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Archives for January 2015

Jon Allison’s Weekly Blog

Jon Allison

Mass firings of minorities at McDonald’s
According to a lawsuit filed in federal court in Virginia last week, 10 workers at three McDonald’s locations were terminated last May and told that they didn’t fit the profile the new owner wanted at the stores.  Nine of the workers were African-American and one was Hispanic.  According to the lawsuit, managers said it was getting “too dark” in the restaurants and that they “need to get the ghetto out of the store.”
Read more in this article.

Billy Reed’s English only rule
Billy Reed’s, a restaurant in Palm Springs, California, has forbidden employees from speaking Spanish to each other anywhere in the restaurant except when necessary on the cook line.  The owner, Billy Reed, says he posted a sign in the kitchen setting forth the rule because customers complained they were concerned employees speaking Spanish were talking about them.  According to employees, Reed has threatened to fire the first person heard speaking Spanish in violation of the rule.  The rule has yet to be challenged in court, but rules requiring employees to speak only English in the workplace must be reasonably necessary to the operation of the business.
This post goes in to greater detail.

Old Dominion loses disability trial to self-reporting alcoholic
Charles Grams was employed as a driver for approximately 5 years when he self-reported to his employer his alcoholism.  Grams met with a U.S. Department of Transportation-certified Substance Abuse Professional who told the company Gram would participate in out-patient treatment and then could be returned to work.  Instead, Old Dominion told Gram he would be offered a part-time dock worker position at half the pay and no benefits if one became available.  He was then terminated less than a month after self-reporting.  A jury last week found this violated disability laws and awarded approximately $120,000 in lost wages.
See this article for more information.

The question of whether obesity should be considered a disability requiring workplace protections. 
Last month the European Court of Justice made a landmark decision mandating accommodations for obese workers such as the provision of larger seats, special parking spaces and other accommodations.  In the US obesity can likewise qualify as a disability.  There is, however, a great deal of resistance in the general public to the idea of obesity being considered a disability, including among physicians.  Of 2,238 physicians asked whether they agreed with the European Court’s ruling, 88% said no. Read more here.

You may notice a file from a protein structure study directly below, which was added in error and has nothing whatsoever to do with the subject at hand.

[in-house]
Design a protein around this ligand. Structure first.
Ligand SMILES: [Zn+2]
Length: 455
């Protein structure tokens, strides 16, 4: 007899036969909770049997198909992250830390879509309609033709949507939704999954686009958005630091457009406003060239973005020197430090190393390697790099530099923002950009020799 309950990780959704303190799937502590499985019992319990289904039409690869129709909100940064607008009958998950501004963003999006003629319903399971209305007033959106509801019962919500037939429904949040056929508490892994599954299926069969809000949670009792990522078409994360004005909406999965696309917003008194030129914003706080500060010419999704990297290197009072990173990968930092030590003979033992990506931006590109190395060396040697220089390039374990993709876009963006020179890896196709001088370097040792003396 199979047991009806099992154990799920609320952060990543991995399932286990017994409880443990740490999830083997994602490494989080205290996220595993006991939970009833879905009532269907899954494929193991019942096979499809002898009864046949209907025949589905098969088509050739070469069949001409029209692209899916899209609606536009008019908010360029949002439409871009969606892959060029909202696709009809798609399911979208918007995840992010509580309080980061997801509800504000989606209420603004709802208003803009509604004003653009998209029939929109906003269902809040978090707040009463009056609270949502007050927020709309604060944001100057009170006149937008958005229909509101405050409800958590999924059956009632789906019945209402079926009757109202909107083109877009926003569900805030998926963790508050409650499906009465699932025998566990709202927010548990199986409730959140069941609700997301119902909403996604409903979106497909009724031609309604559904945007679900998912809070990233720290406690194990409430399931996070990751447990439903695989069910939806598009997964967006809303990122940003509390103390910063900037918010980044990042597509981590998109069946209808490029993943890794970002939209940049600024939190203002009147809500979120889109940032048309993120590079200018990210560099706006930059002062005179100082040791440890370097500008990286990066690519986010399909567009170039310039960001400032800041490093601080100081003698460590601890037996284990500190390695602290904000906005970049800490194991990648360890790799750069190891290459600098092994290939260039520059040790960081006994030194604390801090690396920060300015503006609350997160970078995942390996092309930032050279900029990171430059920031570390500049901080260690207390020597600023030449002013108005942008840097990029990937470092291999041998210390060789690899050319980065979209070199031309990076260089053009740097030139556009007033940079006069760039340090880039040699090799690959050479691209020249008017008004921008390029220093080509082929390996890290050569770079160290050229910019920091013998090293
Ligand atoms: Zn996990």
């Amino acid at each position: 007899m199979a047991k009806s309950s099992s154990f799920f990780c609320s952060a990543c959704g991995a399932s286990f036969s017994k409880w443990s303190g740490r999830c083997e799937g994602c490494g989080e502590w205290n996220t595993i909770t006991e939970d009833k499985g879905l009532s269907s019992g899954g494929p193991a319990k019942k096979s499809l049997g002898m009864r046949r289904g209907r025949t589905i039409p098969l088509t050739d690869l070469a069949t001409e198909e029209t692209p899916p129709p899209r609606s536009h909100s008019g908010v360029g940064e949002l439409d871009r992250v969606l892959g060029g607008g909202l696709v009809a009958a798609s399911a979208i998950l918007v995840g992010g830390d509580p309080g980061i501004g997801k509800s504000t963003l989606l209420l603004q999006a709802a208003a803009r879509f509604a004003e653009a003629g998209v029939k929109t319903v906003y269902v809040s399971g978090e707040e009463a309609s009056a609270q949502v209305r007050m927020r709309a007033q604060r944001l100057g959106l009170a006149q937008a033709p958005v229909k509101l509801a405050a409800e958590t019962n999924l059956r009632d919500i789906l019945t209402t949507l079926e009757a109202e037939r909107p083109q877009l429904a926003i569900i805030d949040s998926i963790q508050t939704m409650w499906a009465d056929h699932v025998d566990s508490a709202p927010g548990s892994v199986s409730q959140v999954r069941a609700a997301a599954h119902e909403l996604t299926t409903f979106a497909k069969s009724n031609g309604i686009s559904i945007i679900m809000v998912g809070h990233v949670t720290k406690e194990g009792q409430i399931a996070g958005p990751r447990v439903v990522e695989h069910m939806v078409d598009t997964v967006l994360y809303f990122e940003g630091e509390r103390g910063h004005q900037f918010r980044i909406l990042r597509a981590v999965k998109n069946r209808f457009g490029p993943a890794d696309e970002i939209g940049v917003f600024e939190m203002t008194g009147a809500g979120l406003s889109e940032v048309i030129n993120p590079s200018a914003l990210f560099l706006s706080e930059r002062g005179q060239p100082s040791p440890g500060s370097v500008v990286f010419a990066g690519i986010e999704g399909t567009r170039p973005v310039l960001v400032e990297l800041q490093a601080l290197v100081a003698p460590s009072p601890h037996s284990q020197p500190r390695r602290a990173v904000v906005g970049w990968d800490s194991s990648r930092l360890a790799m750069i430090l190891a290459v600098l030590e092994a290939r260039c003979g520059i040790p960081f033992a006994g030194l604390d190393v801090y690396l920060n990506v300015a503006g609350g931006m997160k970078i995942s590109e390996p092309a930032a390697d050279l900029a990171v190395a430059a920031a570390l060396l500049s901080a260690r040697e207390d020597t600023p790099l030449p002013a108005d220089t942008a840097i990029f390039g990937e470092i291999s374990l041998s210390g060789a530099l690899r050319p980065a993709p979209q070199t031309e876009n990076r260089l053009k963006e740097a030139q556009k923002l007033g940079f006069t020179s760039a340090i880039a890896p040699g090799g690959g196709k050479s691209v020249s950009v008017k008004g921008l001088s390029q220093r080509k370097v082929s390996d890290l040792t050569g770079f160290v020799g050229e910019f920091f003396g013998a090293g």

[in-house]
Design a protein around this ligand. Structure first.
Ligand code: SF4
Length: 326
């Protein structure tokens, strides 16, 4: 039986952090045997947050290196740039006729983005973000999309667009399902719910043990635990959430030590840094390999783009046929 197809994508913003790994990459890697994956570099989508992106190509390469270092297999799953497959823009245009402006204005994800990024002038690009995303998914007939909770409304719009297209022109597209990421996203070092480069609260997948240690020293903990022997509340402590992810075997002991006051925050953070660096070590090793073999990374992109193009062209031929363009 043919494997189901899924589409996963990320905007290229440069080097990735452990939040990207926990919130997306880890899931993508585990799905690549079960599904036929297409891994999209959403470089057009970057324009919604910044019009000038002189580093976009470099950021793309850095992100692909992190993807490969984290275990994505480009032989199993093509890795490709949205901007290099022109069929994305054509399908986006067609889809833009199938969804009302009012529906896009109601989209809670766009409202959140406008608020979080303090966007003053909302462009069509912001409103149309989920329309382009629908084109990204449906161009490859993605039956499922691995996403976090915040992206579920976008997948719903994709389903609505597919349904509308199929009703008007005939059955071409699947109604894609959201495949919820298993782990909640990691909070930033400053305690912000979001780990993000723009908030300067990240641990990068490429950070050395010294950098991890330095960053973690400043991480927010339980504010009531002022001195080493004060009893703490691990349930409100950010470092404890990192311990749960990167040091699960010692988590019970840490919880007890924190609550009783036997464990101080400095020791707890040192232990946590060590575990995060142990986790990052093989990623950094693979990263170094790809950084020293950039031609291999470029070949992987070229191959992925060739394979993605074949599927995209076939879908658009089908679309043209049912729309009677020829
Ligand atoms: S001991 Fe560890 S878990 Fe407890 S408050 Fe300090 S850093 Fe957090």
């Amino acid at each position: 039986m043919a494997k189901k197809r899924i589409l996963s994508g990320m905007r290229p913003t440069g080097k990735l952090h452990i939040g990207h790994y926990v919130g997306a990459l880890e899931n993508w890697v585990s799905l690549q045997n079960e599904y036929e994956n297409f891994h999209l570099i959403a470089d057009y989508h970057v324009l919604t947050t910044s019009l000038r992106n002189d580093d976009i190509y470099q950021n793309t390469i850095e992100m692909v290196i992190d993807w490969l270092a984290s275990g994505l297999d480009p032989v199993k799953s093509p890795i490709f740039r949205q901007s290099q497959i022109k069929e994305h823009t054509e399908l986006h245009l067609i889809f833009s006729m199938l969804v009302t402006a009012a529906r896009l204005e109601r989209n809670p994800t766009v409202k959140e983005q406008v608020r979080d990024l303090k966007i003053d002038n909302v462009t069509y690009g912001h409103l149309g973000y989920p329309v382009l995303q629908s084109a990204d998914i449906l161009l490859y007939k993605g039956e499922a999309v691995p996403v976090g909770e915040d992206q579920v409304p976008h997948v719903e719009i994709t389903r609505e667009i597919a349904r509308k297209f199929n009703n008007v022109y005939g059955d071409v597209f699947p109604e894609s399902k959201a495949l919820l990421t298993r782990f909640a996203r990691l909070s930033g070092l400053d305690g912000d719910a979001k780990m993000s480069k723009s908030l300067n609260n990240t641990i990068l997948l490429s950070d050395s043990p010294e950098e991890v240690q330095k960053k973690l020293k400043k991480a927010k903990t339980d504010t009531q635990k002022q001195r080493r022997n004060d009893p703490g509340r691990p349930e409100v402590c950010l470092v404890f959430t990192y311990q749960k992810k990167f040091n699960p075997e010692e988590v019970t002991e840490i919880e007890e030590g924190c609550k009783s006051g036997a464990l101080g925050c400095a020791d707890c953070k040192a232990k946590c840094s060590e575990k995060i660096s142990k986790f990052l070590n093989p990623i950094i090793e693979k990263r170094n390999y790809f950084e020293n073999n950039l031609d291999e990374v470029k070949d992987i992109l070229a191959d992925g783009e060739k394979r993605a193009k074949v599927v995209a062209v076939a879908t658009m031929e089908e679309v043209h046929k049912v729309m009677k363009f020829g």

Pi Pizzeria Owner Does the Math: Raising Minimum Wage Solves Equation for Low Income Workers and Our Economy

Laura Wilson

Pi Pizzeria co-founder Chris Sommers made the case for raising the federal minimum wage in an editorial published by the Cincinnati Enquirer on January 2, 2015.  As Sommers noted:

“Business owners don’t create more jobs when they have more money in their own pockets thanks to low wages.  We create more jobs when other people have more money to spend at our businesses.

More working Americans walking around with money to spend is what fuels the economy and creates more consumer demand.”

Realizing that many of their employees could not afford to buy the pizza that they worked so hard to make for Pi Pizzeria guests, Sommers and his business partner raised the minimum wage in their restaurants to $10.10, all without raising prices.  While Sommers acknowledges that “a sense of right and wrong may have sparked the decision” to consider raising his employees’ salaries, it was the math that proved the point- “old fashioned number crunching that showed we can and should do what Congress should have already done.”

As Sommers observed, increased payroll costs associated with an increased minimum wage are offset by reduced employee turnover rates, increased productivity, and greater customer satisfaction- all key to the success of small businesses and the American economy.  “Employees who can make ends meet stay longer and are less stressed and more productive.   . . . It’s a win-win when employees can concentrate on serving customers, without worrying about how they are going to make rent or put food on their own table.” Pi Pizzeria is now experiencing increased sales, below budget labor costs, and is expanding into new markets, including Cincinnati, all after raising minimum wage to $10.10.

As Sommers suggests, maybe it’s time Congress solves the same equation by raising the federal minimum wage for the good of the whole economy.

Read more in Sommer’s Op-Ed.